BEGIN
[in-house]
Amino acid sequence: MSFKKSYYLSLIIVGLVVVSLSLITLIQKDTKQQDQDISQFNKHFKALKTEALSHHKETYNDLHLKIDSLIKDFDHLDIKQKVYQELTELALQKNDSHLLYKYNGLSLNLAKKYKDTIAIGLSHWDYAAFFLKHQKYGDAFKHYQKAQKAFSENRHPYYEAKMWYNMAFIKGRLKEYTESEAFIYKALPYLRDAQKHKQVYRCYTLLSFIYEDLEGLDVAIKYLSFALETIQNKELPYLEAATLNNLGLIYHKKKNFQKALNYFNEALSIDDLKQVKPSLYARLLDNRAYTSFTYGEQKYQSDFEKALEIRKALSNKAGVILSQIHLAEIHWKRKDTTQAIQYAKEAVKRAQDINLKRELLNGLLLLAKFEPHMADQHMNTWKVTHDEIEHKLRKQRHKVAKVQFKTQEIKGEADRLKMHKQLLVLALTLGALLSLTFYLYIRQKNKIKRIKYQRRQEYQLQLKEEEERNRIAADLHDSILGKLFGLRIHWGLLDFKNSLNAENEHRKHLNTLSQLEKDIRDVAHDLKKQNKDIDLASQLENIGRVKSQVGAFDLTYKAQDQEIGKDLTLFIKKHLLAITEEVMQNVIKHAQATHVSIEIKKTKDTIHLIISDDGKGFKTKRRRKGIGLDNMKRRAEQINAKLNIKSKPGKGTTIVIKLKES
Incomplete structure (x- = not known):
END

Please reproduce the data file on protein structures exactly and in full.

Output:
[in-house]
Amino acid sequence: MSFKKSYYLSLIIVGLVVVSLSLITLIQKDTKQQDQDISQFNKHFKALKTEALSHHKETYNDLHLKIDSLIKDFDHLDIKQKVYQELTELALQKNDSHLLYKYNGLSLNLAKKYKDTIAIGLSHWDYAAFFLKHQKYGDAFKHYQKAQKAFSENRHPYYEAKMWYNMAFIKGRLKEYTESEAFIYKALPYLRDAQKHKQVYRCYTLLSFIYEDLEGLDVAIKYLSFALETIQNKELPYLEAATLNNLGLIYHKKKNFQKALNYFNEALSIDDLKQVKPSLYARLLDNRAYTSFTYGEQKYQSDFEKALEIRKALSNKAGVILSQIHLAEIHWKRKDTTQAIQYAKEAVKRAQDINLKRELLNGLLLLAKFEPHMADQHMNTWKVTHDEIEHKLRKQRHKVAKVQFKTQEIKGEADRLKMHKQLLVLALTLGALLSLTFYLYIRQKNKIKRIKYQRRQEYQLQLKEEEERNRIAADLHDSILGKLFGLRIHWGLLDFKNSLNAENEHRKHLNTLSQLEKDIRDVAHDLKKQNKDIDLASQLENIGRVKSQVGAFDLTYKAQDQEIGKDLTLFIKKHLLAITEEVMQNVIKHAQATHVSIEIKKTKDTIHLIISDDGKGFKTKRRRKGIGLDNMKRRAEQINAKLNIKSKPGKGTTIVIKLKES
Incomplete structure (x- = not known):